Jim McGrath jmcgrath at
Fri Mar 3 14:58:39 PST 1995

        Reply to:   RE>SCAM for IDE?

Cable Select (CSEL) is plug and play for IDE drives.  All Quantum drives
implement it, and have done so for years (I will not speak directly for
others, but believe they have done the same).  The cables are very simple
to implement and have no negative effect on non-csel systems.  HP has
inplemented this for years in their line of products - many other OEMs
have as well.

We might want to create a marketing pressure to have people do this - i.e. use
CSEL drives and cables, and call you system plug and play IDE.  Similarly
drives and cables sold to end users could use the same lable - as long as
everyone buys P&P devices and cables, things work fine.

I would be strongly opposed to any new sort of P&P for IDE.  It will take
years before we do not have to worry about older devices that do not implement
it (a price we had to pay in SCSI, but not in IDE).


Date: 3/3/95 6:29 AM
To: Jim McGrath
From: JEFFE at
                               - - Mail - - 
         March  2, 1995        7:27pm   MAIL IS -
   FROM: Jeff Epstein                    Viewed Ntfy Urgent    
     TO: SCSI Reflector                  
         ATA Reflector                   
SUBJECT: SCAM for IDE?                   
   COPY: Jeff Epstein

It has been said many times by some people in the IDE industry that,
"IDE just works!  Only one jumper ... master or slave."
I recall WinHEC-93 as the time this was the IDE gospel.

But here we are in 1995 and we see a plethora of different ways to set
jumpers on all the "IDE just works" drives.  Some examples are:

    "master without slave"
    "master with slave"
    "slave" with master
    "no jumpers at all means ?????"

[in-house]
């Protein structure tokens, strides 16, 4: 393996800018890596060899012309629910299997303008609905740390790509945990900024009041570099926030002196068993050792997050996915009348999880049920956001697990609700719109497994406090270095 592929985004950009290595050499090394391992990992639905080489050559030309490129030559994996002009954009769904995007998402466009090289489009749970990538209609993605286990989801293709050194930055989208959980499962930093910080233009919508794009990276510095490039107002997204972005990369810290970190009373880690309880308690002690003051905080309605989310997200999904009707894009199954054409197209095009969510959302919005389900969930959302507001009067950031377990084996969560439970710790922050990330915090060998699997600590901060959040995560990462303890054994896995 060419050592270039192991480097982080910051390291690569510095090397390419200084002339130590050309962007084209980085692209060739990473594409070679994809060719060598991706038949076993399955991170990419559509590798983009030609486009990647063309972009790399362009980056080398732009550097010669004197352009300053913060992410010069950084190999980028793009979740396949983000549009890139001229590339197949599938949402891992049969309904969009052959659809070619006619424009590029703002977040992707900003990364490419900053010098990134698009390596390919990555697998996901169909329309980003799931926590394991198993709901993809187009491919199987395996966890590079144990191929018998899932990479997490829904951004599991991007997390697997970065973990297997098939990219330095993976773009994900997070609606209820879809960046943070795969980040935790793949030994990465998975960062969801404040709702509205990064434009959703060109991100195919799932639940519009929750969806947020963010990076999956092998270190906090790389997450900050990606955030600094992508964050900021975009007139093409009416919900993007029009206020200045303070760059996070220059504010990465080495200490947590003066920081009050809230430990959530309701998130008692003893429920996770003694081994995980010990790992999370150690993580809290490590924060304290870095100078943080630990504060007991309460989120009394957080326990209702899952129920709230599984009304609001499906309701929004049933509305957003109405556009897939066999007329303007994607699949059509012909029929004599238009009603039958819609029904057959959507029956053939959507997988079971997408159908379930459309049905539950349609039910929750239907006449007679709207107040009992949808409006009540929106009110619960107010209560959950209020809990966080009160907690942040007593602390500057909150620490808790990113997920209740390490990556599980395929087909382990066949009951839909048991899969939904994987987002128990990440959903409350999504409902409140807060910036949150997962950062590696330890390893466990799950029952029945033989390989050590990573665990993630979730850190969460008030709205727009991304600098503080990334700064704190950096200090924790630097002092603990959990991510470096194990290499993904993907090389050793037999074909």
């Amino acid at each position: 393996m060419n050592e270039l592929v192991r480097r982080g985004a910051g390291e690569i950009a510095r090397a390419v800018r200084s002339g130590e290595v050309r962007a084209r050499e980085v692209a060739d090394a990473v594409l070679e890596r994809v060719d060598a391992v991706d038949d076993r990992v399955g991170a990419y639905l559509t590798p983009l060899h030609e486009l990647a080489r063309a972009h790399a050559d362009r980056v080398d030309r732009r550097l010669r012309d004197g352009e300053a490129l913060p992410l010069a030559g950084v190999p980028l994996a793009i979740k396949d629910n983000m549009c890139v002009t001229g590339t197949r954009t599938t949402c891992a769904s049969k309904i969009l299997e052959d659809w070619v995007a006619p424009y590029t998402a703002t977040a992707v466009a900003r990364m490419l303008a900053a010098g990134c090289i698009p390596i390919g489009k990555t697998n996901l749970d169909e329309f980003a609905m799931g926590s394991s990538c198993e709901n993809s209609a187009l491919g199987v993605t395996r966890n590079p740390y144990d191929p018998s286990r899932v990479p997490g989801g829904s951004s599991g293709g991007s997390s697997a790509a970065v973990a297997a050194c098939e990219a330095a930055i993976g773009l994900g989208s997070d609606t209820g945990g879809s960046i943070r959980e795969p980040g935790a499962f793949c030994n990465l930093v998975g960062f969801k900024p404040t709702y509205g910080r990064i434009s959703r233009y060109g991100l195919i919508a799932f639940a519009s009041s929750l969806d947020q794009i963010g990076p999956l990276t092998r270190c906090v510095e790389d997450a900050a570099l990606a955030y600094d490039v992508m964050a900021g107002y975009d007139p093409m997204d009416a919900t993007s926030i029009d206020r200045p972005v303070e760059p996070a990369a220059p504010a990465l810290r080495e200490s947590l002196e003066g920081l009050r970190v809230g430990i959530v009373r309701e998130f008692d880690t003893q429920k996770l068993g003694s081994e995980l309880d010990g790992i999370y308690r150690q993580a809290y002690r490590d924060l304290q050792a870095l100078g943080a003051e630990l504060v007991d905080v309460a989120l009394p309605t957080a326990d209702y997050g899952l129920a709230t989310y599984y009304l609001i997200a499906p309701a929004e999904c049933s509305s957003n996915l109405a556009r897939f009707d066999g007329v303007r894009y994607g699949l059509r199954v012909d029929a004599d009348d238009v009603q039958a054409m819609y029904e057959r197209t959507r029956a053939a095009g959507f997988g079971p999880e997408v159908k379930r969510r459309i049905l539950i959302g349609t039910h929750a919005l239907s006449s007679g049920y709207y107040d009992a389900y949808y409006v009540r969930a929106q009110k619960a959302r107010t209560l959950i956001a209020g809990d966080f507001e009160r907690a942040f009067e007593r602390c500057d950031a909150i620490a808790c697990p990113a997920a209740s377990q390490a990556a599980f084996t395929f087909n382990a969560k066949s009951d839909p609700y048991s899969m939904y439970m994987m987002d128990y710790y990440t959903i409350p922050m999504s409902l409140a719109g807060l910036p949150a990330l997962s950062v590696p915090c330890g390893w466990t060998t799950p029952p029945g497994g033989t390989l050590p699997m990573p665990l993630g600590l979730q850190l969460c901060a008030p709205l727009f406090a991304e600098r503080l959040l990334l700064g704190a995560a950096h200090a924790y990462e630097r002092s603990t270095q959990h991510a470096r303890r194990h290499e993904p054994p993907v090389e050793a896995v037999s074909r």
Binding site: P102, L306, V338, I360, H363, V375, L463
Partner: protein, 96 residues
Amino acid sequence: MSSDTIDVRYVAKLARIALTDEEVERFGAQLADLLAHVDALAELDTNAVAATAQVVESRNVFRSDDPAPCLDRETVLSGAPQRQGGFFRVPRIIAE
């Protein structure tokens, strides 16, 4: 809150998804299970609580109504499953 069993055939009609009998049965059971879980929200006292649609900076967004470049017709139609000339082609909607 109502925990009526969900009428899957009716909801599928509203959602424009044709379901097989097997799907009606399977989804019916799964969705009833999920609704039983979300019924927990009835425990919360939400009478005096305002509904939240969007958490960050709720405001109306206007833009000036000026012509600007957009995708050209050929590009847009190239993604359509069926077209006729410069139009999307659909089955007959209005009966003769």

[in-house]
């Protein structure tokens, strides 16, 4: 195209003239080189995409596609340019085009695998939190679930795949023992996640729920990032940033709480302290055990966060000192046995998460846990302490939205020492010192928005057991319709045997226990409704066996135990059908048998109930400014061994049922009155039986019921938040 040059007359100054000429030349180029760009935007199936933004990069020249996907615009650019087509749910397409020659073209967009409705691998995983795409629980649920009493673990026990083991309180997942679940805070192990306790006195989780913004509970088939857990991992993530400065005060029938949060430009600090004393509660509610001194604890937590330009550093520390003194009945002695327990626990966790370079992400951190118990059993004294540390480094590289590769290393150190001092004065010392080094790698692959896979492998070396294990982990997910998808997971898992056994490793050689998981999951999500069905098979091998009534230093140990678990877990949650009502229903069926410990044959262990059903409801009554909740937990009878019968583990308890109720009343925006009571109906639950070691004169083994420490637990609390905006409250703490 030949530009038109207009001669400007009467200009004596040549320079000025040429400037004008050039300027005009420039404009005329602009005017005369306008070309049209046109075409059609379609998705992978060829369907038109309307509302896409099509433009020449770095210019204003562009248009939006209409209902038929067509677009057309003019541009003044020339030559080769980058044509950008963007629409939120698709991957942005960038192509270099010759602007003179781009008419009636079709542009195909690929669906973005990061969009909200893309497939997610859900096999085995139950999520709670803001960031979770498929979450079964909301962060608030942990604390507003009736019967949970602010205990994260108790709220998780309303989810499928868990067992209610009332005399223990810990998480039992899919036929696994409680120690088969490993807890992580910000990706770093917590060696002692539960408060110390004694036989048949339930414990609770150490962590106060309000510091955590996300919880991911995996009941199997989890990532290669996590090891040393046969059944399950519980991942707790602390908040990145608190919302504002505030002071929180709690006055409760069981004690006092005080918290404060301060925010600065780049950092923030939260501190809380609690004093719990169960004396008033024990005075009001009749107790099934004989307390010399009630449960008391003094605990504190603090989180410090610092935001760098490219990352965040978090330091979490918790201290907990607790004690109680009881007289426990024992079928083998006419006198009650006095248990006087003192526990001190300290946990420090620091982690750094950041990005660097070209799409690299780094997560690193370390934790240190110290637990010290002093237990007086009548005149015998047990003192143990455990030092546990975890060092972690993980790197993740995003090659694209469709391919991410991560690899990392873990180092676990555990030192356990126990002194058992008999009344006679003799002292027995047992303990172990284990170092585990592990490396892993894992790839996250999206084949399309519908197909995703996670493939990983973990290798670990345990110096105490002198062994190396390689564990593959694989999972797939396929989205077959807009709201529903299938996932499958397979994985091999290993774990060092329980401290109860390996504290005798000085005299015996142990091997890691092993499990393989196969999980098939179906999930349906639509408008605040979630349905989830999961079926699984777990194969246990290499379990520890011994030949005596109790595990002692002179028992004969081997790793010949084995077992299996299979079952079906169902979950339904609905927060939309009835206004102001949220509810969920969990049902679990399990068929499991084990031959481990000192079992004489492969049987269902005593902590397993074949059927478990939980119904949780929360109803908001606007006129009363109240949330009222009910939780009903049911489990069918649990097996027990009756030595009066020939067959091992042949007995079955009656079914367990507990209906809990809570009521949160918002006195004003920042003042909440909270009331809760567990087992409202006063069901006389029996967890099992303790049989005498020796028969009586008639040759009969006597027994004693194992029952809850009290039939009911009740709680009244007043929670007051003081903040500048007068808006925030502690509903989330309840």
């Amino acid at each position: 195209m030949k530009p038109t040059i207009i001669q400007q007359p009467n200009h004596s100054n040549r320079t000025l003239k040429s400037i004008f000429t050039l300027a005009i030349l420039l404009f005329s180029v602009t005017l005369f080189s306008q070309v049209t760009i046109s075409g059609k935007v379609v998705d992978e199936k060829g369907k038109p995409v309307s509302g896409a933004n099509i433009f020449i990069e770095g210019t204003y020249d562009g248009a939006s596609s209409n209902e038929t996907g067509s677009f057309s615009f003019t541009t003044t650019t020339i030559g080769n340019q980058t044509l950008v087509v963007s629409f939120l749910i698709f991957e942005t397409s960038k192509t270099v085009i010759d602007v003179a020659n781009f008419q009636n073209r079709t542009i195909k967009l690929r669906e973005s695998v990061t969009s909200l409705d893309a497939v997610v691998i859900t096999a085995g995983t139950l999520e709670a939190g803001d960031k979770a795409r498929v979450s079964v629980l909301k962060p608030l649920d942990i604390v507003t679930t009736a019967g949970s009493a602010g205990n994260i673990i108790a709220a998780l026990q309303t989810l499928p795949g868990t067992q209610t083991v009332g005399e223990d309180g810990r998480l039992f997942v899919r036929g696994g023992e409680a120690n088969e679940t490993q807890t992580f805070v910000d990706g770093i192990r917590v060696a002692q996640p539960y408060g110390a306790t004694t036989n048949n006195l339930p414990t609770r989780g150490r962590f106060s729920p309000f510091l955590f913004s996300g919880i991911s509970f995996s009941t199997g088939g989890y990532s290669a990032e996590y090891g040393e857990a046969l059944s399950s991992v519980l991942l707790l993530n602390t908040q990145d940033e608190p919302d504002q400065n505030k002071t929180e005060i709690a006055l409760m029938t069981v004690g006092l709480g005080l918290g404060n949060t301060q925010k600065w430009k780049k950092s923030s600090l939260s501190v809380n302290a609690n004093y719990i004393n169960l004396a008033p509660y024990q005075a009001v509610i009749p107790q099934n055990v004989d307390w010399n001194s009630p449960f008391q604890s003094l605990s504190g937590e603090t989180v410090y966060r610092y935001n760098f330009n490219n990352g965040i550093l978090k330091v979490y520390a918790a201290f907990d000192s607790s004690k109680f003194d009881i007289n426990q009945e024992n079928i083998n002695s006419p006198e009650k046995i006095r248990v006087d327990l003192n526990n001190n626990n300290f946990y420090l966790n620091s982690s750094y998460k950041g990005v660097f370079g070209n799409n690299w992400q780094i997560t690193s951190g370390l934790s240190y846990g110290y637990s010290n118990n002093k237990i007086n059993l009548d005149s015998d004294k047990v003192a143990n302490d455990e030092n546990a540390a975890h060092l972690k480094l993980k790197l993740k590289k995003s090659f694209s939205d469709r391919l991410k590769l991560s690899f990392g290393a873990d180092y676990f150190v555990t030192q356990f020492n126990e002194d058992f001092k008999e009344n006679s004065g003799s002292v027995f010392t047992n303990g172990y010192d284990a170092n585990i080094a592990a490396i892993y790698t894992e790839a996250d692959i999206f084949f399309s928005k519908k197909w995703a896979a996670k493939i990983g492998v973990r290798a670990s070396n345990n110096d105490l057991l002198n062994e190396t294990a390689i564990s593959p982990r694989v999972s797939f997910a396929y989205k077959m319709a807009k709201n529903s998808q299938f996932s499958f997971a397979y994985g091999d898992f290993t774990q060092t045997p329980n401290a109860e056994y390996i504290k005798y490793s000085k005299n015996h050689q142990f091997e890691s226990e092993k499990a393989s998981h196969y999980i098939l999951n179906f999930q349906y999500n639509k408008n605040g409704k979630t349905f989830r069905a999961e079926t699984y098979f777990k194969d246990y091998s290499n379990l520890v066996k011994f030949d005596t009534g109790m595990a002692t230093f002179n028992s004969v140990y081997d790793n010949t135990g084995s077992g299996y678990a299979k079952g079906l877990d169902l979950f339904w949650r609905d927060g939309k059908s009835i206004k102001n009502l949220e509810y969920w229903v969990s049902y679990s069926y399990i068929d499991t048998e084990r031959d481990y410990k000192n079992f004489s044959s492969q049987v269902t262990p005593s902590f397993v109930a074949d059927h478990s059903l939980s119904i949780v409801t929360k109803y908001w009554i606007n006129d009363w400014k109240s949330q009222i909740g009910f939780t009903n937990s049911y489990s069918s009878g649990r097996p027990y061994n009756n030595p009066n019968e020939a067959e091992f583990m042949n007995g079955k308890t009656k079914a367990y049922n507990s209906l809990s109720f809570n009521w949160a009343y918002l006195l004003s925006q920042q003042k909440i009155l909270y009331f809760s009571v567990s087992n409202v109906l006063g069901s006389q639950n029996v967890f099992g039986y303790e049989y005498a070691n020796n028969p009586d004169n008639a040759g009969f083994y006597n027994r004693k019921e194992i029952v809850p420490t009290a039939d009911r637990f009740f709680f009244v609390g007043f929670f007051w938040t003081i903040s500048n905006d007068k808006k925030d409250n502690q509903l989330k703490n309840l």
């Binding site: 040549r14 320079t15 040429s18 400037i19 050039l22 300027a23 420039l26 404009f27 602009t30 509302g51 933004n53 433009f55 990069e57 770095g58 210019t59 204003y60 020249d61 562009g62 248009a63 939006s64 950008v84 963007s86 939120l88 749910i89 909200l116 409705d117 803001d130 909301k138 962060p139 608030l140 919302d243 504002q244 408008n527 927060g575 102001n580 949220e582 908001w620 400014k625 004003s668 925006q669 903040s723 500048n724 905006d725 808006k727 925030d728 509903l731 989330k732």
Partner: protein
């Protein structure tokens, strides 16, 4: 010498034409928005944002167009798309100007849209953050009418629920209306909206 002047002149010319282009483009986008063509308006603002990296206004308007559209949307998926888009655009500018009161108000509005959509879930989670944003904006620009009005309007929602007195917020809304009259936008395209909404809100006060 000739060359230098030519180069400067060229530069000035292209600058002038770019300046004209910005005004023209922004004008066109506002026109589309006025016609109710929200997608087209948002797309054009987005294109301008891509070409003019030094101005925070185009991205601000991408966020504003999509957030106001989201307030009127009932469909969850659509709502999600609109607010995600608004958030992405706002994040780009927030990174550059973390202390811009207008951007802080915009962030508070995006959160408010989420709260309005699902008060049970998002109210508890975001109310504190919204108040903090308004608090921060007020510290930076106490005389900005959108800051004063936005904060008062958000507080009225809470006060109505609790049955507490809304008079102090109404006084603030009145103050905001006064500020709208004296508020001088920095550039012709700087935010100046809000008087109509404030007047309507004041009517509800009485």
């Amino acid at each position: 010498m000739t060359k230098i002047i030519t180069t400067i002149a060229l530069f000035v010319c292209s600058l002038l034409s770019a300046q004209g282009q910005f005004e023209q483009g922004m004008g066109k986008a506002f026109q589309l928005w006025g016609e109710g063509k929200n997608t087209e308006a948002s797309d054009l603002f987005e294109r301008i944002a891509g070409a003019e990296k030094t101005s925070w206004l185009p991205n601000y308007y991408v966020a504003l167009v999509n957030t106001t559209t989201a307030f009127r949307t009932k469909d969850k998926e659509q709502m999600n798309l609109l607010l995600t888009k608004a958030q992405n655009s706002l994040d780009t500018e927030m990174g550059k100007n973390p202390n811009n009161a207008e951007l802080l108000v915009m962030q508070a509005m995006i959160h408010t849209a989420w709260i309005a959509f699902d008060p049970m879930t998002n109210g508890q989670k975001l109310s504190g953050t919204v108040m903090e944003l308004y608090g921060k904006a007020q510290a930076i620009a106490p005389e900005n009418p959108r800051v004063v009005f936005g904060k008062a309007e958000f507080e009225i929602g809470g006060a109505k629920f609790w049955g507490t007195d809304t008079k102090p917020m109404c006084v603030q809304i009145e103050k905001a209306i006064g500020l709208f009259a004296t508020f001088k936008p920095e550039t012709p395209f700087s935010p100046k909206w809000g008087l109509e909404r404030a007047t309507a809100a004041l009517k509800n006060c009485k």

"disable cache"

Of course all this is very clear to everyone on the ATA WG committee, but not
so clear to anyone else.  Then to add insult to this terminology, the drive
may or may not have a label on it indicating where the jumpers are.
Or the physical orientation of the jumpers (if you can find them) never
matches the label.

Is IDE really Plug and Play?  I'll bet that anyone who has ever tried to
put a 2nd, 3rd or 4th IDE drive on their PC knows its definitely NOT Plug
and Play.  Then with the 3rd and 4th drive, you get to wrestle with the I/O
port assignments, "primary vs secondary".  Heaven forbid if you need a
3rd or 4th channel ..... and on and on and on.  Now you're up to a whopping 8

With SCSI, on the other hand, we invented SCAM, a method to have an automatic
SCSI ID assignment protocol.  It goes a very long way to eliminate ID
conflicts on a single bus.  After all, we're also dealing with lots more
devices in SCSI, not just two as in IDE.  It even works with legacy SCSI
devices ... as long as their own hard ID jumpers can be found and changed.
But thats no worse than it was before scam arrived.

Is it time for IDE to "scam" itself?  I think so.  The debates in the ATA
Working Group meetings on "Device-1 only" configurations etc indicated to me
that IDE drive configurations are not as automatic as you think.  Truth in
labelling on the drive would go a long way too.  Perhaps the Microsoft
Windows 95 logo (PnP compliance) requirements should include:

1.  IDE drives must clearly label the Master and Slave jumpers.
2.  IDE drives jumper implementations must all be the same:
    The ATAPI spec is a good start, but woefully inadequate.
    What good is "csel".  Who makes cables like this?
    Why do some drives work different with the "master" jumper installed
    than they do with no jumpers installed?

I'm sure you've all heard me belly-ache before:

SCSI is tired of being a 2nd class citizen!

But thats a different topic; I promise not to bore you further.

Jeff Epstein
Future Domain Corp.

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